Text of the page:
Lovely Morar

Annie Laurie

Cradle Song

There’ll never be Peace till Jamie comes Hame


Kind Robin loe’s me

A Man’s a Man for a’ that

Singing Strings

12 simple tunes for the small harp composed or arranged by Isobel Mieras

1 Singing Strings Beginner’s Reel.

2 Howgate Waltz Written for the children of Howgate Primary School.

3 An Eriskay Love Lilt.

4 Triad Duet Simple root position triads make an effective accompaniment.

5 Caprice and Doloroso Two pieces of contrasting mood. Play them as individual tunes, or join them together with a smooth lever change as Caprice-Doloroso-Caprice.

6 Brahms’ Lullaby

7 ‘Strusaidh mi na Coilleagan (The Cockle Gatherer) One of many lively and rhythmic working songs from the Gaelic tradition.

8 Old Lament A beautiful melody in the Dorian mode found in the Gesto Collection from Skye.

9 Buain na Rainich (Pulling Bracken) Yet another traditional working song, this time in rather a wistful mood.

10 An Ataireachd Ard (The Surge of the Sea) An emigrant’s longing to return home and finally be buried beside the sound of the surging sea.

11 Song without Words Originally written for a student with a temporarily disabled right hand!

My Love’s Bonnie when she smiles on me

The Wild Swan

The Lass of Paty’s Mill

Loch Rannoch

Bonnie Lassie Bonnie Gallawa’

Nathaniel Gow’s Lament for his Brother

Logan Water

More Tunes to Treasure

12 tunes for the small harp composed or arranged by Isobel Mieras


1 Ho! cha Cheilinn nach tu b’fhearr learn / Main Ghreannar

2 Derwentwater’s Farewell 

3 Blind Mary 

4 Derwentwater 

5 Arrane Ghelby 

6 All in a Garden Green 

7 Connel Bridge 

8 Return to Loon Mountain 

9 On a Bank of Flowers

10 Mrs. Joan E. Bailey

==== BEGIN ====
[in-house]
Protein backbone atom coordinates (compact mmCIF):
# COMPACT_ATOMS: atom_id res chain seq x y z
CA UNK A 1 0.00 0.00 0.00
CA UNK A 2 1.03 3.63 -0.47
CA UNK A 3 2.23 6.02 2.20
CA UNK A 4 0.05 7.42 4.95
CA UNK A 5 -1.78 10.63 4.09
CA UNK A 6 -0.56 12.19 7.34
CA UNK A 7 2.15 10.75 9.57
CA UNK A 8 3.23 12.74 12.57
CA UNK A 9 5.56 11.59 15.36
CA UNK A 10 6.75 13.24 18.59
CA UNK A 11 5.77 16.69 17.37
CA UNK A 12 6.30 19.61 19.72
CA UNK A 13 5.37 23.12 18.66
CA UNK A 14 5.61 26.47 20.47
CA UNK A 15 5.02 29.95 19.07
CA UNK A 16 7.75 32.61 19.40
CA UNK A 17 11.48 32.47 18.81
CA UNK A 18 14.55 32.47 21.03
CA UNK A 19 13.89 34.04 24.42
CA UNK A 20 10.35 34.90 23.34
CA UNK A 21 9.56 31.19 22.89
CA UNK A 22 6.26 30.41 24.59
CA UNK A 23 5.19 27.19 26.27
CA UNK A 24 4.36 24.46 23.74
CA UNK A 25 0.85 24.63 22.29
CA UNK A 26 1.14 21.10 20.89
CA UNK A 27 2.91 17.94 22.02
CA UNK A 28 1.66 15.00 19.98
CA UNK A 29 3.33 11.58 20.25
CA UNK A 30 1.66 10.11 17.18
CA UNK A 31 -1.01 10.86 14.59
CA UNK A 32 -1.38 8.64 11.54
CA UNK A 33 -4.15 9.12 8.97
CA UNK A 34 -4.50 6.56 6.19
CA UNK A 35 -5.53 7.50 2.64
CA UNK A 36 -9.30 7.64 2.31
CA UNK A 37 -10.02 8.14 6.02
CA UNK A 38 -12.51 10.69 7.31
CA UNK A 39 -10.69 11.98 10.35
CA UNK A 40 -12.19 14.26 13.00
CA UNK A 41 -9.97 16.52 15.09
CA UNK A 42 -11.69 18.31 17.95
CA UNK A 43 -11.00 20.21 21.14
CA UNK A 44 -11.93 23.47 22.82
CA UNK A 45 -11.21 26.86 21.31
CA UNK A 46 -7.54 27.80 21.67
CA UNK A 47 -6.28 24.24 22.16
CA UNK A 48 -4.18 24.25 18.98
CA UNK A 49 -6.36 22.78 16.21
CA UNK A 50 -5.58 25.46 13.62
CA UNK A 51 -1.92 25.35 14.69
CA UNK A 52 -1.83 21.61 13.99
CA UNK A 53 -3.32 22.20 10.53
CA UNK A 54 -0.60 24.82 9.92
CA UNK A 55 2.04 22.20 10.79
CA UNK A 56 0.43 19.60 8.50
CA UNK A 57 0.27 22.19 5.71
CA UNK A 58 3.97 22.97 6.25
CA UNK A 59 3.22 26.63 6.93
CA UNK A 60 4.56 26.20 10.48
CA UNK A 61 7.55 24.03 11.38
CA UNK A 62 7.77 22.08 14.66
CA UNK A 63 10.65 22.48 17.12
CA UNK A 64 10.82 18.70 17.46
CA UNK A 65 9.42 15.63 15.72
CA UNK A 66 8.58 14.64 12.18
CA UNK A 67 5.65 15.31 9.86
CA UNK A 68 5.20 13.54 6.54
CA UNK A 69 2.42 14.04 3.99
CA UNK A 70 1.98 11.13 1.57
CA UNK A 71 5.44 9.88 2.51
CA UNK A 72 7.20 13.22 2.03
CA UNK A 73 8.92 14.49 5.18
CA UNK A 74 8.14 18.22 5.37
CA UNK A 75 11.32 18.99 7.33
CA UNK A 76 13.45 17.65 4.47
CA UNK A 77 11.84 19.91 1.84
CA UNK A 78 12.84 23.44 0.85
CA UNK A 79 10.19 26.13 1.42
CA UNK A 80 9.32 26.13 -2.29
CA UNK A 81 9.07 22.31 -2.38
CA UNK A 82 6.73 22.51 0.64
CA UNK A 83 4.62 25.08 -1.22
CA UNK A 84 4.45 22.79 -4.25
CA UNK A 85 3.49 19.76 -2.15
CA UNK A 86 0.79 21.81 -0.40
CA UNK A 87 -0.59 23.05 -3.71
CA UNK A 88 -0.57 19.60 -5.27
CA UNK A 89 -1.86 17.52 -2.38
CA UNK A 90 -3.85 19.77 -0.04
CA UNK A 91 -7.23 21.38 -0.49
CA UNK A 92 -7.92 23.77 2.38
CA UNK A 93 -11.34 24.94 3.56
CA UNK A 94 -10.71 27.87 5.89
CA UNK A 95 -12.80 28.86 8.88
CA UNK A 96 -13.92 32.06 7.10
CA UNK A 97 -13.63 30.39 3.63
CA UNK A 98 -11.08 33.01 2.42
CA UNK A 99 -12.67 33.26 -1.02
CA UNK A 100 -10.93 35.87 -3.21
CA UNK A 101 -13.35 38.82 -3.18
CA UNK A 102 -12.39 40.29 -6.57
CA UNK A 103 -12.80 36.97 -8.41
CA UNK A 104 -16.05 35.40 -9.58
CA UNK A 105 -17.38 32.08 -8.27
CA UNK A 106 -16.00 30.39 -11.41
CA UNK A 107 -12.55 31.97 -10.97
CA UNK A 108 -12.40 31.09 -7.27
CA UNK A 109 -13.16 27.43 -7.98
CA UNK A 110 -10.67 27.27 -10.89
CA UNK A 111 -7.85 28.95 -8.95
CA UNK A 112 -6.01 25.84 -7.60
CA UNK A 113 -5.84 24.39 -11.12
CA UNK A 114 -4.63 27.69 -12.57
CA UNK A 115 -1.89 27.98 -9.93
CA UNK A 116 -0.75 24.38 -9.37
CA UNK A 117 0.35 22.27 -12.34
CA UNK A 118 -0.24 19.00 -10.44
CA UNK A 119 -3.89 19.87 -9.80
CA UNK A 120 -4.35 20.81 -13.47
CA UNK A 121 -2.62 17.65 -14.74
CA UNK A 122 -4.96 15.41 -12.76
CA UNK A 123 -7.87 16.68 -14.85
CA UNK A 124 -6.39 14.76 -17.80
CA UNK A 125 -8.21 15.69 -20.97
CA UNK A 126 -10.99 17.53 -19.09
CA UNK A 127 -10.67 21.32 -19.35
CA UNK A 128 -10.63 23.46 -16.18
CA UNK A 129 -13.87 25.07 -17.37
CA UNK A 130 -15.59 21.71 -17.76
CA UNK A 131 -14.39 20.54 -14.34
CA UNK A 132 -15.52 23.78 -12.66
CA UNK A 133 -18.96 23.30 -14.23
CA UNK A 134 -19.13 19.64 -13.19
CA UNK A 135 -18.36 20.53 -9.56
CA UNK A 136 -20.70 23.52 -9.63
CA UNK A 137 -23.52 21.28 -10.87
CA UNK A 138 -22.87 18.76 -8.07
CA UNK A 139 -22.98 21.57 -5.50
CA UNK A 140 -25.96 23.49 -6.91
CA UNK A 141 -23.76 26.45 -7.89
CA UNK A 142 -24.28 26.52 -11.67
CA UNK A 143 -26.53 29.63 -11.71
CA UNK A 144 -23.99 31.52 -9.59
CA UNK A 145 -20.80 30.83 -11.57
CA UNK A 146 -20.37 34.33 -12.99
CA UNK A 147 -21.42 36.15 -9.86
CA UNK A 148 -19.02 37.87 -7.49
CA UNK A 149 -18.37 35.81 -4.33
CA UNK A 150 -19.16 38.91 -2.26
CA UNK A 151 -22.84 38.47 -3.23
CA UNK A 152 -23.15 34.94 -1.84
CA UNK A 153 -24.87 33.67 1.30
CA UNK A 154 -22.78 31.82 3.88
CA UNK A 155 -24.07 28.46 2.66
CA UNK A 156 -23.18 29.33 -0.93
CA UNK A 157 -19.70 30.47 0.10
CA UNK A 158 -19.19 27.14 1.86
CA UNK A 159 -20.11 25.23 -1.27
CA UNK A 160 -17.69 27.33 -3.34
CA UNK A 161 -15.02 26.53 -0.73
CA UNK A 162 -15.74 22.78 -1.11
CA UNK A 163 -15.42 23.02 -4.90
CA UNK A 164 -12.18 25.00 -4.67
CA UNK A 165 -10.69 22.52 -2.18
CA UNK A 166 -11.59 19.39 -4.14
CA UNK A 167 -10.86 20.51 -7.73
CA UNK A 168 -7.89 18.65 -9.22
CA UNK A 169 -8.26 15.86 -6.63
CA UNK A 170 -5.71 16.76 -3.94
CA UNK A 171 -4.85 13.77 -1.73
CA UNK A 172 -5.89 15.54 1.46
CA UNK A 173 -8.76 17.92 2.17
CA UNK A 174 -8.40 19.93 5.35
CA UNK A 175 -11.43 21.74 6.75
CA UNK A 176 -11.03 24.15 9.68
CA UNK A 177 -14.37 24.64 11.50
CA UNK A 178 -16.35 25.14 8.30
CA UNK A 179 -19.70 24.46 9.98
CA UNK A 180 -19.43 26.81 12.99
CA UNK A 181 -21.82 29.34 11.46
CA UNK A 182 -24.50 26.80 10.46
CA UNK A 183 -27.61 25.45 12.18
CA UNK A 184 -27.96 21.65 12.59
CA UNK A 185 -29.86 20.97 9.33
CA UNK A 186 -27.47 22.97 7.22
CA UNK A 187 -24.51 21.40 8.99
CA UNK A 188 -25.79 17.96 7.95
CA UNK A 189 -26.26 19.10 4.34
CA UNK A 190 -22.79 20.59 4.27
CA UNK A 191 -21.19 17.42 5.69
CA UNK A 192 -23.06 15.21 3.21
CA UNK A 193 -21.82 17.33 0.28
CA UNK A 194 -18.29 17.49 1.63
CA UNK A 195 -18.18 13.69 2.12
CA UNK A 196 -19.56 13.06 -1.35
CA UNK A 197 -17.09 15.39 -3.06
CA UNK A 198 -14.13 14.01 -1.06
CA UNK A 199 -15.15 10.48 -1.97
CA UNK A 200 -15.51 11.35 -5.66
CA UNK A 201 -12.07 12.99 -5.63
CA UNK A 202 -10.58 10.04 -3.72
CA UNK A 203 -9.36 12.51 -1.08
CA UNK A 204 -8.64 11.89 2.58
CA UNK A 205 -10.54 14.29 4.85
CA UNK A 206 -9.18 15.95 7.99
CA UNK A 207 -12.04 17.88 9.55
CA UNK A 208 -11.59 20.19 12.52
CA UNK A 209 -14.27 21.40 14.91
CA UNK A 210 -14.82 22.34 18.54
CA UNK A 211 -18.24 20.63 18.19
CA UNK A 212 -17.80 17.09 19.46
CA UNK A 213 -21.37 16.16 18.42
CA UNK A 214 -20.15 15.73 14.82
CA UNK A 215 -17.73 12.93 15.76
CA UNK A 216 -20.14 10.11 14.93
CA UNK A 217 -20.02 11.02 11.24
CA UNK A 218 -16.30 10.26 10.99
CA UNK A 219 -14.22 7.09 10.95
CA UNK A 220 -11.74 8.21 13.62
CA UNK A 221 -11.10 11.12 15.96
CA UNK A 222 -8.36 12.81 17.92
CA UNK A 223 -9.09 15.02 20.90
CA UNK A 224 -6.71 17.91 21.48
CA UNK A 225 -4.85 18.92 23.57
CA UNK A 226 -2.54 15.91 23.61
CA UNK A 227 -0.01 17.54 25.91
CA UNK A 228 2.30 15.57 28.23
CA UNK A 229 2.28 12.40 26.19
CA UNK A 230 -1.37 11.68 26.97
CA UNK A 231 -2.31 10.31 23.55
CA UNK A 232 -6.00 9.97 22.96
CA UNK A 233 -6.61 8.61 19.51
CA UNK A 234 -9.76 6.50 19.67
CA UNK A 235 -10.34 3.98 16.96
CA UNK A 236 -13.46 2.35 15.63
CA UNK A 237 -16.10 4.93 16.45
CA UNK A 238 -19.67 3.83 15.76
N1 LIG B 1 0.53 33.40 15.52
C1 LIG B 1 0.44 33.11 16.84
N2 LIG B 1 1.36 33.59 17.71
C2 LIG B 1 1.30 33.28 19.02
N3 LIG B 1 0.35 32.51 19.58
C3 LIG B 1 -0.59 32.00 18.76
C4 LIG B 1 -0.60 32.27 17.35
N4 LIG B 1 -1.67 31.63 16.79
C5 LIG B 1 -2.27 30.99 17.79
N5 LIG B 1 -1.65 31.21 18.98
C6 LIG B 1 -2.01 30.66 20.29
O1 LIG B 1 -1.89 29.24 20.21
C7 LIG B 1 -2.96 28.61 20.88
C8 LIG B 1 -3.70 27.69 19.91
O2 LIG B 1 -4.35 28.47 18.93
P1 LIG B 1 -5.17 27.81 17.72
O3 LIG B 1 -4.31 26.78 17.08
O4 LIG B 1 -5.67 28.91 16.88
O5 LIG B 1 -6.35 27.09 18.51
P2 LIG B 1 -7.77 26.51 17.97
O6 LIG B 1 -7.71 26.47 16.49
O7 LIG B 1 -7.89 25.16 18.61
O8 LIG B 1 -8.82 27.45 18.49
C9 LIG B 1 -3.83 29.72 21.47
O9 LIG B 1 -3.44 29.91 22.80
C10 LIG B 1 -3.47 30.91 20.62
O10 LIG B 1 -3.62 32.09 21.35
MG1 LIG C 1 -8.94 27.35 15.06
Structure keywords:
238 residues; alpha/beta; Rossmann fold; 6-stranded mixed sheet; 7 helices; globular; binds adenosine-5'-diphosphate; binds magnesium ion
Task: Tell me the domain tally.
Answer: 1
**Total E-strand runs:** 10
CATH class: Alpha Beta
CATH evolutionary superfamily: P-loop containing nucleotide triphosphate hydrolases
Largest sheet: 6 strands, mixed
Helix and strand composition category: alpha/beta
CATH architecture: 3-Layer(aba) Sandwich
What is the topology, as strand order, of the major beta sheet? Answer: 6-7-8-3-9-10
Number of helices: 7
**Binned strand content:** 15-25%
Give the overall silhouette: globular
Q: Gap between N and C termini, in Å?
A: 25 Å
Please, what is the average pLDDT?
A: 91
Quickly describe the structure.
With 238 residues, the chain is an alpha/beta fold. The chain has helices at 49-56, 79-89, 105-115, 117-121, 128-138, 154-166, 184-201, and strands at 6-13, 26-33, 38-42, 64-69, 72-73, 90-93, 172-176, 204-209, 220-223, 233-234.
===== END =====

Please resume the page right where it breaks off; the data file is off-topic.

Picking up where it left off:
11 Ossian 

12 An t-aparan goirid (Short Apron)




The Border Widow’s Lament 



Megett Valley Dam

Under the Water 


a harper's pleasure

A collection of arrangements of traditional Scottish melodies and original compositions for the small harp by Isobel Mieras

 1. Miss Graham of Inchbrakie Composed by Nathaniel, son of the great fiddler, Niel Gow, this tune lends itself well to the harp with its sweeping phrases. It has also been published under the title of Miss Duff’s Fancy.

 2. By Yon Castle Wa’ This melody, published by James Oswald in 1742 under the title There's Few Gude Fellows When Jamie's Awa’, was also used by Robert Burns in a beautiful and sad song which he wrote for Johnson’s Musical Museum. It commemorates the Jacobite rebellion of 1715 and each verse finishes with the words "There’ll never be peace till Jamie comes hame".

 3. Main Bhan Og I first found this tune in Simon Fraser’s collection but, in common with other musicians, disliked the use of the sharpened seventh in this simple Gaelic air. Here in its modal version, the simplicity is appealing.

 4. Mrs E. Matthews of Ponteland Betty Matthews was convener of the Executive Council of Comunn na Clarsaich for fourteen years. She conducted all business meetings with charm, dignity and decorum, which is how the Air should be played. Nobody makes a party go with a swing better than she does, as in the first variation and dancing, as in the second variation, is one of her favourite pastimes!

 5. Geoffrey Newton An air composed to honour the first administrator appointed by Comunn na Clarsaich, it borrows the uniquely Scottish rhythm of the Strathspey as used in fiddle music. The first tune is straightforward and unassuming; the middle section, in the minor key, is gentler and more lyrical, and the ending should be played without any fuss or bravado.

 6. Kinloch of Kinloch Claimed as his own composition by George Kinloch of Kinloch, this melody has much in common with the Northumbrian song, Blow the Wind Southerly.

 7. Newcastle Bridge Composed by A. Mackintosh, this jig is named after the Newcastle in Ireland. Many harpers enjoy playing dance tunes and this one has an optional second harp (or other instrumental) part.

 8. Bunnahabhain The beautifully situated Islay village of Bunnahabhain (in Gaelic "mouth of the river") overlooks the fast-flowing waters of the Sound of. Islay and the majestic Paps of Jura. The music portrays the gentler waters of the river joining the tidal currents of the sea, returning to the more pastoral theme at the end. As Bunnahabhain is also the home of a most delightful single malt whisky, players may find an alternative, more convivial interpretation of the music!